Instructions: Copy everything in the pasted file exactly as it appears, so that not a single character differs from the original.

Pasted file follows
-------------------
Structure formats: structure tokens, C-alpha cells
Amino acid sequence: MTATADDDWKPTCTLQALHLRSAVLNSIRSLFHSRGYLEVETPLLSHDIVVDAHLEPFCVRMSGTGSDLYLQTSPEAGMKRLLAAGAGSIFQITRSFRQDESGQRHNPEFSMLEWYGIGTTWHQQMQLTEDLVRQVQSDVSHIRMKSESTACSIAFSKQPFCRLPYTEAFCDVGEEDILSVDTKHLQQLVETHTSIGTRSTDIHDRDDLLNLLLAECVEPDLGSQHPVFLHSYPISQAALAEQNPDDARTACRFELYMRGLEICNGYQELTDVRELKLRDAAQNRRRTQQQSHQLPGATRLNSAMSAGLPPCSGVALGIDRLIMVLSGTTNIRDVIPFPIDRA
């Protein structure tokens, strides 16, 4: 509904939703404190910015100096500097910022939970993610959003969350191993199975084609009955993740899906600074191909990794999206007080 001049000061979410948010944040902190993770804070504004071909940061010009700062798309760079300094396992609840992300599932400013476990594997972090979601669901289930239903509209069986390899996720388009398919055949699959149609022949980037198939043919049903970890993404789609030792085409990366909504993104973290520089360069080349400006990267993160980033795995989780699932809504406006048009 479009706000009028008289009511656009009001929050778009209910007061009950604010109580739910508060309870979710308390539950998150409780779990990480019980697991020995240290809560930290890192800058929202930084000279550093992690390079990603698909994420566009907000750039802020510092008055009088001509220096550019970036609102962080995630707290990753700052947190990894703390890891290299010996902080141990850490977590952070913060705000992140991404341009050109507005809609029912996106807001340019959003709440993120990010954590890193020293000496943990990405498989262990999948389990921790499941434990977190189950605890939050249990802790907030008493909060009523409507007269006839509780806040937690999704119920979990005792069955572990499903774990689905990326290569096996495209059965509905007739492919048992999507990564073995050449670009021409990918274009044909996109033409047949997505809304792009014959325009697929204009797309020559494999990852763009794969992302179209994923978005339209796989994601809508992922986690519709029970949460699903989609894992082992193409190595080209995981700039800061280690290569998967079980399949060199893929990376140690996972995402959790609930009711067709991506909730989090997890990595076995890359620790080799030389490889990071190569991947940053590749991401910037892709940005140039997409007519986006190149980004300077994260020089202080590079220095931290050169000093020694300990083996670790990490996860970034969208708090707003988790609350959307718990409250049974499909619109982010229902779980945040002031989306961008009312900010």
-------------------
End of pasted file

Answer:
Structure formats: structure tokens, C-alpha cells
Amino acid sequence: MTATADDDWKPTCTLQALHLRSAVLNSIRSLFHSRGYLEVETPLLSHDIVVDAHLEPFCVRMSGTGSDLYLQTSPEAGMKRLLAAGAGSIFQITRSFRQDESGQRHNPEFSMLEWYGIGTTWHQQMQLTEDLVRQVQSDVSHIRMKSESTACSIAFSKQPFCRLPYTEAFCDVGEEDILSVDTKHLQQLVETHTSIGTRSTDIHDRDDLLNLLLAECVEPDLGSQHPVFLHSYPISQAALAEQNPDDARTACRFELYMRGLEICNGYQELTDVRELKLRDAAQNRRRTQQQSHQLPGATRLNSAMSAGLPPCSGVALGIDRLIMVLSGTTNIRDVIPFPIDRA
């Protein structure tokens, strides 16, 4: 509904939703404190910015100096500097910022939970993610959003969350191993199975084609009955993740899906600074191909990794999206007080 001049000061979410948010944040902190993770804070504004071909940061010009700062798309760079300094396992609840992300599932400013476990594997972090979601669901289930239903509209069986390899996720388009398919055949699959149609022949980037198939043919049903970890993404789609030792085409990366909504993104973290520089360069080349400006990267993160980033795995989780699932809504406006048009 479009706000009028008289009511656009009001929050778009209910007061009950604010109580739910508060309870979710308390539950998150409780779990990480019980697991020995240290809560930290890192800058929202930084000279550093992690390079990603698909994420566009907000750039802020510092008055009088001509220096550019970036609102962080995630707290990753700052947190990894703390890891290299010996902080141990850490977590952070913060705000992140991404341009050109507005809609029912996106807001340019959003709440993120990010954590890193020293000496943990990405498989262990999948389990921790499941434990977190189950605890939050249990802790907030008493909060009523409507007269006839509780806040937690999704119920979990005792069955572990499903774990689905990326290569096996495209059965509905007739492919048992999507990564073995050449670009021409990918274009044909996109033409047949997505809304792009014959325009697929204009797309020559494999990852763009794969992302179209994923978005339209796989994601809508992922986690519709029970949460699903989609894992082992193409190595080209995981700039800061280690290569998967079980399949060199893929990376140690996972995402959790609930009711067709991506909730989090997890990595076995890359620790080799030389490889990071190569991947940053590749991401910037892709940005140039997409007519986006190149980004300077994260020089202080590079220095931290050169000093020694300990083996670790990490996860970034969208708090707003988790609350959307718990409250049974499909619109982010229902779980945040002031989306961008009312900010």